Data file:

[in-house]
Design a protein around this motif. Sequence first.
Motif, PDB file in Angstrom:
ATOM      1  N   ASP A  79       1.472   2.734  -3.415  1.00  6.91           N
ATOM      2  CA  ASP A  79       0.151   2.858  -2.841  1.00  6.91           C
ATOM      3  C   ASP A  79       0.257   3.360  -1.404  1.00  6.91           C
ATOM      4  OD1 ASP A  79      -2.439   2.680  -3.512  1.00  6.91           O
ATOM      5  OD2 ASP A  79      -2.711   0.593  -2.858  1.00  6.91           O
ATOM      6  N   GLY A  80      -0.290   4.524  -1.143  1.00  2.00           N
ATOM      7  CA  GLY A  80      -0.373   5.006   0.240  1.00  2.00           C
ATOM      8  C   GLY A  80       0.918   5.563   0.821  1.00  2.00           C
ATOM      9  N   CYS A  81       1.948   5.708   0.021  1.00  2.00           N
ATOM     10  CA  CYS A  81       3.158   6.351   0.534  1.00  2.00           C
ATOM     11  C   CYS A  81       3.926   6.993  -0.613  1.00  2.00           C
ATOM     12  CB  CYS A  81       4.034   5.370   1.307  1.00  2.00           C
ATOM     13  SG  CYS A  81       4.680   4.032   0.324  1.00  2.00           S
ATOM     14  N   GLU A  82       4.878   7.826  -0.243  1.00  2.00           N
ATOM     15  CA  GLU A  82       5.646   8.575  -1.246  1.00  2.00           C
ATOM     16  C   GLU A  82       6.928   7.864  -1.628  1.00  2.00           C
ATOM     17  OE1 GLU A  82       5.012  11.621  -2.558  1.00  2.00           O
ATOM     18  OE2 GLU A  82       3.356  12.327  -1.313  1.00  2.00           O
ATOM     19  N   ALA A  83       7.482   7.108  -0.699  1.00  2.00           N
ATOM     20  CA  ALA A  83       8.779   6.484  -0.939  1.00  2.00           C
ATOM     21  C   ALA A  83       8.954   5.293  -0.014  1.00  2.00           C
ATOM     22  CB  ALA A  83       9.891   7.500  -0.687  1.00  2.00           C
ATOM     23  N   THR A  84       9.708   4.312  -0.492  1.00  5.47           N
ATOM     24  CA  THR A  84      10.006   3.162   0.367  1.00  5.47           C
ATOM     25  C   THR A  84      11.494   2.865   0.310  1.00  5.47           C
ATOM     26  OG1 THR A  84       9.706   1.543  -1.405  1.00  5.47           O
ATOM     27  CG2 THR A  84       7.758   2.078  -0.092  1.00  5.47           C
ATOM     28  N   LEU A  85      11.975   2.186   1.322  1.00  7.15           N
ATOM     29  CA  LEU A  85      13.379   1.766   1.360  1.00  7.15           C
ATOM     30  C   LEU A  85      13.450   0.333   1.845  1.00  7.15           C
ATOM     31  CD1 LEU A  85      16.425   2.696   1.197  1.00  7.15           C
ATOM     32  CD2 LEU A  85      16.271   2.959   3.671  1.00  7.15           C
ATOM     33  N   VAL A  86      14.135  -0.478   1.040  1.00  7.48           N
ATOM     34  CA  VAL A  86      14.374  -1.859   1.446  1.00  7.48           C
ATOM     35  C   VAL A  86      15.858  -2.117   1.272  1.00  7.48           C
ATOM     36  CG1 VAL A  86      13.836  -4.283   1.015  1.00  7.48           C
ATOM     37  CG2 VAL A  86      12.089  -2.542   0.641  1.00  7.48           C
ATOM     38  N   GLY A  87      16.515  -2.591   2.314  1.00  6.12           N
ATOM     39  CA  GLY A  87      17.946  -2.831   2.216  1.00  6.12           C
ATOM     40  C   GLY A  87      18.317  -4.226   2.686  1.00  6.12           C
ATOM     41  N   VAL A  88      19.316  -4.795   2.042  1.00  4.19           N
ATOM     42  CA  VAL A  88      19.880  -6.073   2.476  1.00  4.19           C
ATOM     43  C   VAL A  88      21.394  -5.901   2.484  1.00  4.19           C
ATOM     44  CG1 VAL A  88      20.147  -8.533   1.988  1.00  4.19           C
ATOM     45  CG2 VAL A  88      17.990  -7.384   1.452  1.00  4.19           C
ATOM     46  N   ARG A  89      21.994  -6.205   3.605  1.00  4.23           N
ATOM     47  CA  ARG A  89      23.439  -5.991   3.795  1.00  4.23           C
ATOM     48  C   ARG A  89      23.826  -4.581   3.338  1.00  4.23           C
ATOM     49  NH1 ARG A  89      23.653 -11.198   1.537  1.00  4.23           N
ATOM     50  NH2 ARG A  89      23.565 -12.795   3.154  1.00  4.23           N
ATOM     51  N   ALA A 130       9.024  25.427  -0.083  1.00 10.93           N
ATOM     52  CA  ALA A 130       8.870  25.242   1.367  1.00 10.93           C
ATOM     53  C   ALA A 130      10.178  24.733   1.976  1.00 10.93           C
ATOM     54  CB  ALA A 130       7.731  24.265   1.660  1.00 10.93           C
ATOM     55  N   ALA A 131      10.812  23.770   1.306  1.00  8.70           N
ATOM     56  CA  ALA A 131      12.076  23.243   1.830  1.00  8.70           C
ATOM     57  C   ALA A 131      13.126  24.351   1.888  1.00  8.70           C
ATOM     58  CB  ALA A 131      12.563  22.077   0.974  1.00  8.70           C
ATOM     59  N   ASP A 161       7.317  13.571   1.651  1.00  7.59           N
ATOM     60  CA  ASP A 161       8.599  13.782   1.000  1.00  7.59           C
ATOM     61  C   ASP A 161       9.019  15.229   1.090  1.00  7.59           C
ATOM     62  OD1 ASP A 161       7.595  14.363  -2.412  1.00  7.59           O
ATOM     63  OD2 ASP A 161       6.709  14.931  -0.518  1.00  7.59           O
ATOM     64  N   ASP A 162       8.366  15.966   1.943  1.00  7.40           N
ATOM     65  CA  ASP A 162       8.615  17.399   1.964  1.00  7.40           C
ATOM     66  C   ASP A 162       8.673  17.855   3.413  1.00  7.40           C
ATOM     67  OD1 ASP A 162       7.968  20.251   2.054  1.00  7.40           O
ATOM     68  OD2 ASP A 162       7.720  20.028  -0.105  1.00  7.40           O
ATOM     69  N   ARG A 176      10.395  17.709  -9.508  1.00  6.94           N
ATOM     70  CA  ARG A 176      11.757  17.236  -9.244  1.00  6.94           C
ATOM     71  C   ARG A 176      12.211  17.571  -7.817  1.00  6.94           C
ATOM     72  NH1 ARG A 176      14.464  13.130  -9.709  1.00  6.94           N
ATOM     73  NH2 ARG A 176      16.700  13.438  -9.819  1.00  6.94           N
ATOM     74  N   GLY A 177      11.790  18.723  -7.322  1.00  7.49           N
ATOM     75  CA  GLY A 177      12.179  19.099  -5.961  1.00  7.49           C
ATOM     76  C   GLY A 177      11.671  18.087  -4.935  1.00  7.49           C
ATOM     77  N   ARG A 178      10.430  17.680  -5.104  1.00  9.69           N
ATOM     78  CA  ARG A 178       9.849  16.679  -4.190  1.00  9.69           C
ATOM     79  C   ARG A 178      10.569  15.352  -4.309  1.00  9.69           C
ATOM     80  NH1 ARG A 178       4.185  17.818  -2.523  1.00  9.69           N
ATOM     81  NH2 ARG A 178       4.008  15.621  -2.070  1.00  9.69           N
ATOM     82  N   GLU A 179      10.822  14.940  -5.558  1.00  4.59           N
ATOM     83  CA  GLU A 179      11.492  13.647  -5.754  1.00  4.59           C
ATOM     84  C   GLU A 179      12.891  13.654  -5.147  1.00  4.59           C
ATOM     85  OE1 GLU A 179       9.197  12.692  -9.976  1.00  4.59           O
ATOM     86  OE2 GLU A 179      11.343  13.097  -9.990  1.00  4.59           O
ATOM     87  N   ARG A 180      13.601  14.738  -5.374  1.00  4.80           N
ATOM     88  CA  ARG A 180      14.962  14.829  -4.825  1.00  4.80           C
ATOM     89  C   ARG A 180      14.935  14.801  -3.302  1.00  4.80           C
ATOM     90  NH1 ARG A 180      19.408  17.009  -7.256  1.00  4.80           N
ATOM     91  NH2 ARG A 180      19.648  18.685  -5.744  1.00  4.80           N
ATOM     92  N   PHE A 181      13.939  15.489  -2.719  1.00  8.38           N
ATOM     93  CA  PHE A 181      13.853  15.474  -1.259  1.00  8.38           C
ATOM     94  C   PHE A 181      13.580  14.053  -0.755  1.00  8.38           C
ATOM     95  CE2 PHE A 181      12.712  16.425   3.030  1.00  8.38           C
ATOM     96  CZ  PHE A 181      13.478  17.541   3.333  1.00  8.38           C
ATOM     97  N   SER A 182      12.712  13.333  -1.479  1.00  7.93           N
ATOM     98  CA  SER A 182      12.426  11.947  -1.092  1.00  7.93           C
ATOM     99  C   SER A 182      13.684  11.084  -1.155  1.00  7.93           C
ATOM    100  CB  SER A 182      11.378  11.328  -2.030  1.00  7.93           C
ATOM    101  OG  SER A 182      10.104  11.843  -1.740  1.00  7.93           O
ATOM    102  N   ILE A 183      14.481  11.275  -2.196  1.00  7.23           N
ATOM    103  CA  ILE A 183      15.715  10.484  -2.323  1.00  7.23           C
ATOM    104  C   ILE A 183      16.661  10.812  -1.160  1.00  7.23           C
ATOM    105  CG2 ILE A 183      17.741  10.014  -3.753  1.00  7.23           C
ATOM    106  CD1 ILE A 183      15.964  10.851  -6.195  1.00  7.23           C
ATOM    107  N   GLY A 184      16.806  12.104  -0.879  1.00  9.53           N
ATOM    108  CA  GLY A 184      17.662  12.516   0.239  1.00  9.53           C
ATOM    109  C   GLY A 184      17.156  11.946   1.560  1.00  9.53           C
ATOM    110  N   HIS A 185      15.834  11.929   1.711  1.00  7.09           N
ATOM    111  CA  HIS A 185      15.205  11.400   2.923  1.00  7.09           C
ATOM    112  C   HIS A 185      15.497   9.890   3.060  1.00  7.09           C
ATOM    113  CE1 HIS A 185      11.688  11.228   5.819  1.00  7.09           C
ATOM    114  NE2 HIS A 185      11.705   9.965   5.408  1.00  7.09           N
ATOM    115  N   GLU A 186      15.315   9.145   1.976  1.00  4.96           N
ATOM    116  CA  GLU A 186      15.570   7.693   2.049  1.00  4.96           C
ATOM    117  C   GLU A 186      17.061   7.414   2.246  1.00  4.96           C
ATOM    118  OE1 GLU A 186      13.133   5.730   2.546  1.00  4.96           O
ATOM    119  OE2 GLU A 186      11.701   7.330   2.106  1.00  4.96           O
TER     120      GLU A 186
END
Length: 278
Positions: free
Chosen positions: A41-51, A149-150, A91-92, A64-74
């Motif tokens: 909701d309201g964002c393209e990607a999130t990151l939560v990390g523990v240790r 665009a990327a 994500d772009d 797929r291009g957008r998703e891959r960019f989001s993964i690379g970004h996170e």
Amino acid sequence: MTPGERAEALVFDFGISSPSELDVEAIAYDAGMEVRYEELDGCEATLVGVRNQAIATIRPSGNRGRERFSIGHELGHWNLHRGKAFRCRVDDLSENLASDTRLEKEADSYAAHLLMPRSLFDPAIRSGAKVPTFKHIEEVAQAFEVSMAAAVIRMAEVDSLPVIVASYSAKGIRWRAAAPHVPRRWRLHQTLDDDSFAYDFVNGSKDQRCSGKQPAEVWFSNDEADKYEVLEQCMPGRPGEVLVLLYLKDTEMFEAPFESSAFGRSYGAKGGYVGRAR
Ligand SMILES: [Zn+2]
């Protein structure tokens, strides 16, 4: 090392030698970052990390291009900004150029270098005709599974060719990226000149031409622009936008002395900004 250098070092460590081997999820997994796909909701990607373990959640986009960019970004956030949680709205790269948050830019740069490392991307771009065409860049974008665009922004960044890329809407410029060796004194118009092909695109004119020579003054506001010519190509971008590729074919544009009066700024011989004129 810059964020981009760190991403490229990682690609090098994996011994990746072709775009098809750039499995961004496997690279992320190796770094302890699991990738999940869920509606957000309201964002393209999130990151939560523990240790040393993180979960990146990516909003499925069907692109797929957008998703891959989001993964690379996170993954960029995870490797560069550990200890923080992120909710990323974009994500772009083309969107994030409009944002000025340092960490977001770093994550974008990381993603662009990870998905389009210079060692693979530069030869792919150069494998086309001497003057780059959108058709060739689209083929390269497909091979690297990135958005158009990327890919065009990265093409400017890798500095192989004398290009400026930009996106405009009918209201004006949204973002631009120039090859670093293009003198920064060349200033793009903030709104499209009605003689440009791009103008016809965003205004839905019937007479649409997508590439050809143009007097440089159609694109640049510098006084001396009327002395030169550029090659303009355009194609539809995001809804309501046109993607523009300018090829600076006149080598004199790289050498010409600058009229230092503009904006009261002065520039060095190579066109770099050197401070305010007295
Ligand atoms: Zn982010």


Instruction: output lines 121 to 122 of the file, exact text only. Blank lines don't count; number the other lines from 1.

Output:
ATOM    118  OE1 GLU A 186      13.133   5.730   2.546  1.00  4.96           O
ATOM    119  OE2 GLU A 186      11.701   7.330   2.106  1.00  4.96           O